Nicaragua pushes plan for breeding at-risk tapirs

September 28, 2013

MASAYA, Nicaragua – “Maya” and “Carburito,” two tapirs born in captivity in the Nicaraguan National Zoo, eat fruits in their pen, but in a few months these endangered animals will be set free in the forest as part of a plan to promote their breeding.

“We are going to set them free in order to breed them and to follow their geographic distribution and adaptation, if they can survive or not,” Eduardo Sacasa, a chief veterinarian at the National Zoo, told AFP.

The young tapirs, born two years ago in a zoo located in Masaya, south of Managua, will be tracked thanks to collars that are connected with a satellite telemetry system.

“The tapir is the most fragile animal there is right now in Nicaragua, and in the world, due to their long reproductive process – a 400-day pregnancy,” Sacasa said.

They are becoming extinct due to hunting and the destruction of the forest, among other threats, he added.

Early next year, Maya and Carburito will be transported in a military helicopter to the wildlife refuge Kahka Creek. The 650-hectare refuge is situated within the large Wawashang forest reserve in the autonomous region of the Southern Atlantic in Nicaragua.

Sacasa said he chose the remote place “because there are many farmers willing to collaborate” with the zoo’s initiative, which began four years ago with the objective of saving the tapirs of Nicaragua. He estimated that the population of tapirs dropped in recent years from 2,000 to 500.

“Also we’re going to capture tapirs from the wild [from the reserve] in order to put collars on them,” he said.

Tapirs 2

Eduardo Sacasa pets a tapir at the zoo in Masaya on Sept. 25. AFP/INTI OCON

Gardeners of the forest

The National Zoo is spearheading the project with the support of a U.S. specialist from Michigan State University, Christopher Jordan, who assisted with materials and dissemination.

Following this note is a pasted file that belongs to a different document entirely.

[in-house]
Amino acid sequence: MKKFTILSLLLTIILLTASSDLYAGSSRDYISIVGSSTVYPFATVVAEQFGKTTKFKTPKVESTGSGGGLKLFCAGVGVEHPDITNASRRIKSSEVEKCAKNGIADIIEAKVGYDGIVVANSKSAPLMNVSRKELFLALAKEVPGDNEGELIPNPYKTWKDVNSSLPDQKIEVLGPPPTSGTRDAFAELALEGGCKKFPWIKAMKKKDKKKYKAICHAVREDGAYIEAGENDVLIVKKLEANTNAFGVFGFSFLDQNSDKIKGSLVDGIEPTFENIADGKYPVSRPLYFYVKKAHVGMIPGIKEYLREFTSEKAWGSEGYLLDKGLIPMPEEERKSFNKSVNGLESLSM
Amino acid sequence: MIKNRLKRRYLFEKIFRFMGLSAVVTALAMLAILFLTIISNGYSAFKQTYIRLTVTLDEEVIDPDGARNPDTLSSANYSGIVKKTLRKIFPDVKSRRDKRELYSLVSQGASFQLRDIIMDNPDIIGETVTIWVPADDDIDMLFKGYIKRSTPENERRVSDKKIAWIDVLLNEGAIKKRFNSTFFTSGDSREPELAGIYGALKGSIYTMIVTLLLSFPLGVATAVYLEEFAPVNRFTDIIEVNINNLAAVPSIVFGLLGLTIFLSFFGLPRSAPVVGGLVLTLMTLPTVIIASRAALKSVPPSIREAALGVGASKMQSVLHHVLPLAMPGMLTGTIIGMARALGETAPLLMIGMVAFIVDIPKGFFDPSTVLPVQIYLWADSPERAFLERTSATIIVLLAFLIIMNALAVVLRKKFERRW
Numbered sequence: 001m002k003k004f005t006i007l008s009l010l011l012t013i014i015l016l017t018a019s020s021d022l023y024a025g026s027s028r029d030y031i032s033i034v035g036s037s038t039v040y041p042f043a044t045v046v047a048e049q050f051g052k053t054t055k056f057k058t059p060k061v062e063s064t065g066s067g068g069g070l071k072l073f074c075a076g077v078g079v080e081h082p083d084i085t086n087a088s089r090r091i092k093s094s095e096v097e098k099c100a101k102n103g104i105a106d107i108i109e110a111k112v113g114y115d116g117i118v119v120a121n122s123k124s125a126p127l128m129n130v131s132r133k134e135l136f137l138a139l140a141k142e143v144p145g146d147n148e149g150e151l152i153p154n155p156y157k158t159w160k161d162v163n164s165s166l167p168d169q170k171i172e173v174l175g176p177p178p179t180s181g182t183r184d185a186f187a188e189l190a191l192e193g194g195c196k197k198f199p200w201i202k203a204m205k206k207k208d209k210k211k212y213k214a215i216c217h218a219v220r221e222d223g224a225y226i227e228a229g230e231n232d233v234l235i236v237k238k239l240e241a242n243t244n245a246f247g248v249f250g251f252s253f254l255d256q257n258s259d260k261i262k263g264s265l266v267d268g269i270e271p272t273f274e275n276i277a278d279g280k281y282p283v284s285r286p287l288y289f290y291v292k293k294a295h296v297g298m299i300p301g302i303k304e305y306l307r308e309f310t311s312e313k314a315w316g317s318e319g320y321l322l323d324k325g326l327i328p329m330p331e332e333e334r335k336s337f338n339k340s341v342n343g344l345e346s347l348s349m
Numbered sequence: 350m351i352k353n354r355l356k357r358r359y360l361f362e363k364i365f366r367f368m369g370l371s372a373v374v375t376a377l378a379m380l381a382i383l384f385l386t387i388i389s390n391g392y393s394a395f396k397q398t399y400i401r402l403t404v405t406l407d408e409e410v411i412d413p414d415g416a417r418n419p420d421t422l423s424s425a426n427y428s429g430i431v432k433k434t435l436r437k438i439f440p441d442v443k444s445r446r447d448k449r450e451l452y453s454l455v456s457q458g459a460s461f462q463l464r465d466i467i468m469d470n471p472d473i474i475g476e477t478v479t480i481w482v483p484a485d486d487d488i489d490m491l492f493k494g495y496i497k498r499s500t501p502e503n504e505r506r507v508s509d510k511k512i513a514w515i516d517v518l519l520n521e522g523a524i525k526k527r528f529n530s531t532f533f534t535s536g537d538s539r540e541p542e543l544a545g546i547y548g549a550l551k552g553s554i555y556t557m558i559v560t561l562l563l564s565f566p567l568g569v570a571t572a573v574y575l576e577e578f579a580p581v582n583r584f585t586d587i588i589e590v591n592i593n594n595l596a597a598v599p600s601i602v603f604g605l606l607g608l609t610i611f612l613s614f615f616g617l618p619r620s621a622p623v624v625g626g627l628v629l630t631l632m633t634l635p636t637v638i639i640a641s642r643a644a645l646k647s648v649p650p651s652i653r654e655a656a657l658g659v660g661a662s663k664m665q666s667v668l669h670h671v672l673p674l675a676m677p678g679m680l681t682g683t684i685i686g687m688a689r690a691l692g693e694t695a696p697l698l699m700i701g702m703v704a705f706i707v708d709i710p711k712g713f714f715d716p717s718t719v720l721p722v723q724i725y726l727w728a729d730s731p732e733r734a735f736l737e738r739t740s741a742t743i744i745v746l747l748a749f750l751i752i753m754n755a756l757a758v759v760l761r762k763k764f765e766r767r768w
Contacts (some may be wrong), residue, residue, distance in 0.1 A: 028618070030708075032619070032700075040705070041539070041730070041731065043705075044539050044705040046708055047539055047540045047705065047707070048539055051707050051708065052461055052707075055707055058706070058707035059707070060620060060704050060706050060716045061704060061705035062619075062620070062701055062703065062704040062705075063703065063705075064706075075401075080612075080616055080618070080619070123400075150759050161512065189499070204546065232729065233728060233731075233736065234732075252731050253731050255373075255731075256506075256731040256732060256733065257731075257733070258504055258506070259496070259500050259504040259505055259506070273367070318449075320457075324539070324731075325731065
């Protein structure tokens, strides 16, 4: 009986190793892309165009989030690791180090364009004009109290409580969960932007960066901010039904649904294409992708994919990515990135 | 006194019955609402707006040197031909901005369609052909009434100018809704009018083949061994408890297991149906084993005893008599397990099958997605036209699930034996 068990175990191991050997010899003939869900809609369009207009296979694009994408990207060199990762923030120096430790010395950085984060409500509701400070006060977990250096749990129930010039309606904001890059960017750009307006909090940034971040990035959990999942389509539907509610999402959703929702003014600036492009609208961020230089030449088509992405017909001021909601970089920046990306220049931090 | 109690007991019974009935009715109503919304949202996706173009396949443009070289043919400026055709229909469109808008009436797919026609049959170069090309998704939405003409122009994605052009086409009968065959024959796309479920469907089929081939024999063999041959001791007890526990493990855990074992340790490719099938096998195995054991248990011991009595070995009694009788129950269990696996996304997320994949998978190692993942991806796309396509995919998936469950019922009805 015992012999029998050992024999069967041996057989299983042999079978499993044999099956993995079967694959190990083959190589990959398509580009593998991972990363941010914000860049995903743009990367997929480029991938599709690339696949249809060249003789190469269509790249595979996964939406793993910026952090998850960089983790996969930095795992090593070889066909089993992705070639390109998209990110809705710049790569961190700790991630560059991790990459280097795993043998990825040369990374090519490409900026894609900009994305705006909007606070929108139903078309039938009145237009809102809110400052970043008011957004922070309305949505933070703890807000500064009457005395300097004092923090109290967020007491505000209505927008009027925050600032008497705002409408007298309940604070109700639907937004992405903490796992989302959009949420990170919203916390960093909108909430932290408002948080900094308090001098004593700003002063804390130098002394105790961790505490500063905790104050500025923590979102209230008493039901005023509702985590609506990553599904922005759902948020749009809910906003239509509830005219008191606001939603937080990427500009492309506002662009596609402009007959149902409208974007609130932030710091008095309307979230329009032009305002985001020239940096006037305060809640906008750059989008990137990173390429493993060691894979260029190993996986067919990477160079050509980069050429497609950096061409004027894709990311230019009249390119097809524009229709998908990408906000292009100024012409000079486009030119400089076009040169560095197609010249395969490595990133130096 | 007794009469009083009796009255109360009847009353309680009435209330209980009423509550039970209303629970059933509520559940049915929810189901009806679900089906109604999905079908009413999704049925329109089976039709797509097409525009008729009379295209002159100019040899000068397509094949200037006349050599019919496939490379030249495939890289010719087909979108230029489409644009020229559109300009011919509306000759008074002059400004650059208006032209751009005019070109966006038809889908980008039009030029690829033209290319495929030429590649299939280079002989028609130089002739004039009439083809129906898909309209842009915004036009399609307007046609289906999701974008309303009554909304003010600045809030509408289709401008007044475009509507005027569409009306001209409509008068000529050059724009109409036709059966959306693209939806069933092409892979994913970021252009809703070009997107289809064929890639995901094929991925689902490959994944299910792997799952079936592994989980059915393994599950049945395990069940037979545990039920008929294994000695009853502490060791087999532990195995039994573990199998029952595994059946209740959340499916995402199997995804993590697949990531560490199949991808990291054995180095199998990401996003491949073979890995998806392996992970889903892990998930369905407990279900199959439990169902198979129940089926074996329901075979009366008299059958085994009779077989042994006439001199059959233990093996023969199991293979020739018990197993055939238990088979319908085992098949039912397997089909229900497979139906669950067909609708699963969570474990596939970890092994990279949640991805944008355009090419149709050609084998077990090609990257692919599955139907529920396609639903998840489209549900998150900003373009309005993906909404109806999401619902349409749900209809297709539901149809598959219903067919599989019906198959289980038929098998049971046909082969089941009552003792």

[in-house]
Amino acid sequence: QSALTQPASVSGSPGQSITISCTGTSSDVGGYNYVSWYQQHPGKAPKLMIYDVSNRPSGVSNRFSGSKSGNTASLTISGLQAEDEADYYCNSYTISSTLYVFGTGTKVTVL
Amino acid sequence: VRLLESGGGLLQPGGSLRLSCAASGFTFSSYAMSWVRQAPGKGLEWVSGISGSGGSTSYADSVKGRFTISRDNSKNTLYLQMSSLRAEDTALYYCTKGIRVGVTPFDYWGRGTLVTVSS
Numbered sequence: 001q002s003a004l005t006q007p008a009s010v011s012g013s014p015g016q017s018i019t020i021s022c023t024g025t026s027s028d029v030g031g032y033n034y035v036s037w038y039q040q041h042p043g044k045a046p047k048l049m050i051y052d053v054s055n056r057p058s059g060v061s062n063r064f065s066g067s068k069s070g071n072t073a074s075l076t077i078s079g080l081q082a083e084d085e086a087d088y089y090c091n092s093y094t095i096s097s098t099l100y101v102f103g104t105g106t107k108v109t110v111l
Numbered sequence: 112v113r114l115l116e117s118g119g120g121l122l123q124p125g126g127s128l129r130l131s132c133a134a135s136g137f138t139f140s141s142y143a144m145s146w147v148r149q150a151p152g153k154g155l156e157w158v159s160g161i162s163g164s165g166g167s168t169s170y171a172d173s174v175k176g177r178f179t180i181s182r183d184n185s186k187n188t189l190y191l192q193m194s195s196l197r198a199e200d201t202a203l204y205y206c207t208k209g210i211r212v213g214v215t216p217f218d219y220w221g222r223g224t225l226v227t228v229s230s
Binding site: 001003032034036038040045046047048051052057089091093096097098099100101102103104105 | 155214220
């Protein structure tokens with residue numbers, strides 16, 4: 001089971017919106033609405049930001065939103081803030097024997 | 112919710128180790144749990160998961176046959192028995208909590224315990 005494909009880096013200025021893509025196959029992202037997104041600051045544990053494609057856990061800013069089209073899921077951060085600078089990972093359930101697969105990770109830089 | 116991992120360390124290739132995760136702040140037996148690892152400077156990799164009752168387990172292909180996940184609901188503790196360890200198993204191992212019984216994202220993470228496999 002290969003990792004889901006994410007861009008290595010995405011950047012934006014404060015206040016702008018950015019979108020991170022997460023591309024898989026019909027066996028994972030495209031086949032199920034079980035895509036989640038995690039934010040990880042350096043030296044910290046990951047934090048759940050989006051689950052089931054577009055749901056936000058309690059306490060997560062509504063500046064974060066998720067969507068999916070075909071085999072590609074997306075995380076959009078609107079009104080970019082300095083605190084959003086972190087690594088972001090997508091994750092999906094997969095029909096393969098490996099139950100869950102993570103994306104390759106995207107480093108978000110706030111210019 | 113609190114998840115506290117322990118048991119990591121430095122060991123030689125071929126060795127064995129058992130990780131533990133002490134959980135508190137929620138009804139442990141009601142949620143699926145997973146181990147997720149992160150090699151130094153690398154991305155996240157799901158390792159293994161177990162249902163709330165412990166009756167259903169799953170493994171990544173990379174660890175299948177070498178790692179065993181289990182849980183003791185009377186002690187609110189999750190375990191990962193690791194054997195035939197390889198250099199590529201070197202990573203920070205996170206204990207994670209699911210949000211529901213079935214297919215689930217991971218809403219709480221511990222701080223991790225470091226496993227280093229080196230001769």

The plan is supported by the Environment Ministry, the military’s Ecological Battalion, the police, and the nongovernmental Foundation for the Autonomy and Development of the Atlantic Coast of Nicaragua, among others.

As part of the initiative, 65 cameras have been installed around Wawashang and other reserves in the Caribbean, which permit observing not only the tapirs, but also other species such as giant anteaters that were believed to be extinct, Sacasa noted.

Tapirs are odd-footed ungulate mammals that can grow as large as two meters, can weigh 300 kilograms and can live up to 18 years. With a nose in the form of a small trunk, they are characterized by having strong hoofs, similar to those of a horse or rhinoceros.

These docile animals are known also as “gardeners of the forest,” due to their contribution in seed dispersal of plants, bushes and trees.

In order to be able to free Maya and Carburito, the zoo needs to approach the refuge with mesh nets – a job that costs some $10,000. Workers hope to collect that amount with a campaign that starts this week on social media.

In Nicaragua, Honduras and Costa Rica, tapirs go by the name danta, and their threat of extinction is attributed to hunting for human consumption, the president of Amarte, a foundation to protect animals, Enrique Rimbaud, told AFP.

According to Rimbaud, on the Nicaraguan Atlantic Coast, where an autonomous regime is in charge, authorities permit locals to hunt a maximum of four dantas per year, making the survival of these animals difficult.

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